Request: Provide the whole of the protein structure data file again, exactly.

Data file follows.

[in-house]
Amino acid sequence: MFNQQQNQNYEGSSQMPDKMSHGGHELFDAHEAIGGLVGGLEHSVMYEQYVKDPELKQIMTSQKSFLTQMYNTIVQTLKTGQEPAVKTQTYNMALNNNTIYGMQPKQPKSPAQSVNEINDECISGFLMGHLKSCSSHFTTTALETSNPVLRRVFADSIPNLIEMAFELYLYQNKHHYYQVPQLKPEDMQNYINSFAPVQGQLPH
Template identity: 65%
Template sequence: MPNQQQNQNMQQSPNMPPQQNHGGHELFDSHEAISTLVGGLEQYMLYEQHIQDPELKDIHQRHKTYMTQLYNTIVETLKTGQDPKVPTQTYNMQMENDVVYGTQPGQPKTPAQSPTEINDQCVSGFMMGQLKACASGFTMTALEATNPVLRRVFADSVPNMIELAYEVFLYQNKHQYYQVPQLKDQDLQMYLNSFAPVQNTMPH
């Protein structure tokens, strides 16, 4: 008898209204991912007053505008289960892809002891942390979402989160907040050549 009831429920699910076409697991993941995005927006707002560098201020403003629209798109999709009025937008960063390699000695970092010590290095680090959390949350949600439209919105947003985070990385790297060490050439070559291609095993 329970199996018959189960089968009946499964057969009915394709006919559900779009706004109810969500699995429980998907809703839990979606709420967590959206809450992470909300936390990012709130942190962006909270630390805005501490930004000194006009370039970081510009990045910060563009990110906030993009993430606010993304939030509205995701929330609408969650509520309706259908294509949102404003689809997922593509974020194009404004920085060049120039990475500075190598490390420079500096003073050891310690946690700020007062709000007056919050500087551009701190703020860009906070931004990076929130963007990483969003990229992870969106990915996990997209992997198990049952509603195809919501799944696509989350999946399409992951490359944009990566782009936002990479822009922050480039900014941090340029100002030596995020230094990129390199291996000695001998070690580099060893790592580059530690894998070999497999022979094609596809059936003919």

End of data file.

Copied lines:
[in-house]
Amino acid sequence: MFNQQQNQNYEGSSQMPDKMSHGGHELFDAHEAIGGLVGGLEHSVMYEQYVKDPELKQIMTSQKSFLTQMYNTIVQTLKTGQEPAVKTQTYNMALNNNTIYGMQPKQPKSPAQSVNEINDECISGFLMGHLKSCSSHFTTTALETSNPVLRRVFADSIPNLIEMAFELYLYQNKHHYYQVPQLKPEDMQNYINSFAPVQGQLPH
Template identity: 65%
Template sequence: MPNQQQNQNMQQSPNMPPQQNHGGHELFDSHEAISTLVGGLEQYMLYEQHIQDPELKDIHQRHKTYMTQLYNTIVETLKTGQDPKVPTQTYNMQMENDVVYGTQPGQPKTPAQSPTEINDQCVSGFMMGQLKACASGFTMTALEATNPVLRRVFADSVPNMIELAYEVFLYQNKHQYYQVPQLKDQDLQMYLNSFAPVQNTMPH
């Protein structure tokens, strides 16, 4: 008898209204991912007053505008289960892809002891942390979402989160907040050549 009831429920699910076409697991993941995005927006707002560098201020403003629209798109999709009025937008960063390699000695970092010590290095680090959390949350949600439209919105947003985070990385790297060490050439070559291609095993 329970199996018959189960089968009946499964057969009915394709006919559900779009706004109810969500699995429980998907809703839990979606709420967590959206809450992470909300936390990012709130942190962006909270630390805005501490930004000194006009370039970081510009990045910060563009990110906030993009993430606010993304939030509205995701929330609408969650509520309706259908294509949102404003689809997922593509974020194009404004920085060049120039990475500075190598490390420079500096003073050891310690946690700020007062709000007056919050500087551009701190703020860009906070931004990076929130963007990483969003990229992870969106990915996990997209992997198990049952509603195809919501799944696509989350999946399409992951490359944009990566782009936002990479822009922050480039900014941090340029100002030596995020230094990129390199291996000695001998070690580099060893790592580059530690894998070999497999022979094609596809059936003919």